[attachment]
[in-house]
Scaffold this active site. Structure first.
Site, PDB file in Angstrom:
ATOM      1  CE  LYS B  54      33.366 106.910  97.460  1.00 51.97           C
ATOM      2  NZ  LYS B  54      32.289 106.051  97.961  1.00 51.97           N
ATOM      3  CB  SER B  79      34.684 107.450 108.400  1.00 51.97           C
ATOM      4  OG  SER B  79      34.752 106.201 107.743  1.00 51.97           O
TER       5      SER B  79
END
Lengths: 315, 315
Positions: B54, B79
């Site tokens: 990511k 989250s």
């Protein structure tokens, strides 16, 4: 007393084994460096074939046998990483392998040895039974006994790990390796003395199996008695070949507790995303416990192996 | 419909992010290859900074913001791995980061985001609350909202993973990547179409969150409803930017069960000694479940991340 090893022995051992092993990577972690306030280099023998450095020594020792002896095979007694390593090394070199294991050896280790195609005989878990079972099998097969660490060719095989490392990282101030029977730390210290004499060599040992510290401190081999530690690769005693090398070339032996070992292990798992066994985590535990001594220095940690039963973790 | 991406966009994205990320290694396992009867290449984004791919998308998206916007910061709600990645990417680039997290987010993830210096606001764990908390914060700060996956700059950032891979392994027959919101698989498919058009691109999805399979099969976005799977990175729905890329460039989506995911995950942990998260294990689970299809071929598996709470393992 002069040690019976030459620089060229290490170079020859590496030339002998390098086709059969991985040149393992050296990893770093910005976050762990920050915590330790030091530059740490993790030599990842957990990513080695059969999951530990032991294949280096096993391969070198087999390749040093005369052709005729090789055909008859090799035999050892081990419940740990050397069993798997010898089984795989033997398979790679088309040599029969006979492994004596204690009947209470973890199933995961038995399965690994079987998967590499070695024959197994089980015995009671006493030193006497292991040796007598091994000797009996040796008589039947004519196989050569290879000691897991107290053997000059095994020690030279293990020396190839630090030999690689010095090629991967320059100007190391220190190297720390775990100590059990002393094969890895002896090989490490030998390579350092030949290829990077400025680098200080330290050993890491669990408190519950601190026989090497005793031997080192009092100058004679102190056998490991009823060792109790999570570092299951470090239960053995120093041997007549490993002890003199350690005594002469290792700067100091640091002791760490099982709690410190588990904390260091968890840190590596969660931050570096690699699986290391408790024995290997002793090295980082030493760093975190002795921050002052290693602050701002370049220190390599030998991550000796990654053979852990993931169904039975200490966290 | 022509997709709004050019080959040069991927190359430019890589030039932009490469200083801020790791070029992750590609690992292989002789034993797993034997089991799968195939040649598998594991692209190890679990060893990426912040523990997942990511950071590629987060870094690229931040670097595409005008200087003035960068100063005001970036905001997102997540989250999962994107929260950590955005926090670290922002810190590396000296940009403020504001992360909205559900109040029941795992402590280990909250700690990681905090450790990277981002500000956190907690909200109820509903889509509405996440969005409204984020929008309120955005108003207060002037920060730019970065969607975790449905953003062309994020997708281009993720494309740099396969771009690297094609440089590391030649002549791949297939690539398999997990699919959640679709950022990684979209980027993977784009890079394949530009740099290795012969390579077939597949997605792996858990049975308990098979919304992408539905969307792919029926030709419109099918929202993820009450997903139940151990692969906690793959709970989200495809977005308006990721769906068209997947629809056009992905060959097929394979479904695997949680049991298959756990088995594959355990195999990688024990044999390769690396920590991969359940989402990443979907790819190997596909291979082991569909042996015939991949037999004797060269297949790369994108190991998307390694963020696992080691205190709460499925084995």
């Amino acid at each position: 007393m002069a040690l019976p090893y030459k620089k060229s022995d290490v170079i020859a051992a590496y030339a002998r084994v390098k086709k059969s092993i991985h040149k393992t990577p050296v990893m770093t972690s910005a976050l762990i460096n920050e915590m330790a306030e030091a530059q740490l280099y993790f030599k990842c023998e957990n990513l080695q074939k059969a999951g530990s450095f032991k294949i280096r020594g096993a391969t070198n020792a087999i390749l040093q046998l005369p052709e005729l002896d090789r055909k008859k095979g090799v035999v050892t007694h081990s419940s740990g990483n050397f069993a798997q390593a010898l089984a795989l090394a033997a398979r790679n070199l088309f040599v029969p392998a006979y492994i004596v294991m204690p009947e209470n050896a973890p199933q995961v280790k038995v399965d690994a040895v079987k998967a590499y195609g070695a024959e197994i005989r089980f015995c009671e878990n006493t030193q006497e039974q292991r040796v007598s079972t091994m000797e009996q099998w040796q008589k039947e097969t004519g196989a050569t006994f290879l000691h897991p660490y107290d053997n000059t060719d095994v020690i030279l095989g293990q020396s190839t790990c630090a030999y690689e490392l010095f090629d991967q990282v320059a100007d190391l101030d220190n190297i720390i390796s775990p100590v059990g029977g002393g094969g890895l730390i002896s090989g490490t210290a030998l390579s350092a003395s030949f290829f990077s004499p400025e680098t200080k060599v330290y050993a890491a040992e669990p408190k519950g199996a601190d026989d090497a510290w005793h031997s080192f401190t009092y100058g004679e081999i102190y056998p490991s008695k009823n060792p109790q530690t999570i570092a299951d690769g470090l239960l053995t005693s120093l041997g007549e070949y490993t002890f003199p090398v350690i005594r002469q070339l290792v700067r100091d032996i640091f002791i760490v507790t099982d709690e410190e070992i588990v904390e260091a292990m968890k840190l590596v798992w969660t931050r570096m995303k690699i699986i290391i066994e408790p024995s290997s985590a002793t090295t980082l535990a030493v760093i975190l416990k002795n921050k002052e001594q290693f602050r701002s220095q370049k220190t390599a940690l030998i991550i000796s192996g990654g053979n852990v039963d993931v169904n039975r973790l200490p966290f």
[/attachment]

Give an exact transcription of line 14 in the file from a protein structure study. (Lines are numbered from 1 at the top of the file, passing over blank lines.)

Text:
């Amino acid at each position: 007393m002069a040690l019976p090893y030459k620089k060229s022995d290490v170079i020859a051992a590496y030339a002998r084994v390098k086709k059969s092993i991985h040149k393992t990577p050296v990893m770093t972690s910005a976050l762990i460096n920050e915590m330790a306030e030091a530059q740490l280099y993790f030599k990842c023998e957990n990513l080695q074939k059969a999951g530990s450095f032991k294949i280096r020594g096993a391969t070198n020792a087999i390749l040093q046998l005369p052709e005729l002896d090789r055909k008859k095979g090799v035999v050892t007694h081990s419940s740990g990483n050397f069993a798997q390593a010898l089984a795989l090394a033997a398979r790679n070199l088309f040599v029969p392998a006979y492994i004596v294991m204690p009947e209470n050896a973890p199933q995961v280790k038995v399965d690994a040895v079987k998967a590499y195609g070695a024959e197994i005989r089980f015995c009671e878990n006493t030193q006497e039974q292991r040796v007598s079972t091994m000797e009996q099998w040796q008589k039947e097969t004519g196989a050569t006994f290879l000691h897991p660490y107290d053997n000059t060719d095994v020690i030279l095989g293990q020396s190839t790990c630090a030999y690689e490392l010095f090629d991967q990282v320059a100007d190391l101030d220190n190297i720390i390796s775990p100590v059990g029977g002393g094969g890895l730390i002896s090989g490490t210290a030998l390579s350092a003395s030949f290829f990077s004499p400025e680098t200080k060599v330290y050993a890491a040992e669990p408190k519950g199996a601190d026989d090497a510290w005793h031997s080192f401190t009092y100058g004679e081999i102190y056998p490991s008695k009823n060792p109790q530690t999570i570092a299951d690769g470090l239960l053995t005693s120093l041997g007549e070949y490993t002890f003199p090398v350690i005594r002469q070339l290792v700067r100091d032996i640091f002791i760490v507790t099982d709690e410190e070992i588990v904390e260091a292990m968890k840190l590596v798992w969660t931050r570096m995303k690699i699986i290391i066994e408790p024995s290997s985590a002793t090295t980082l535990a030493v760093i975190l416990k002795n921050k002052e001594q290693f602050r701002s220095q370049k220190t390599a940690l030998i991550i000796s192996g990654g053979n852990v039963d993931v169904n039975r973790l200490p966290f």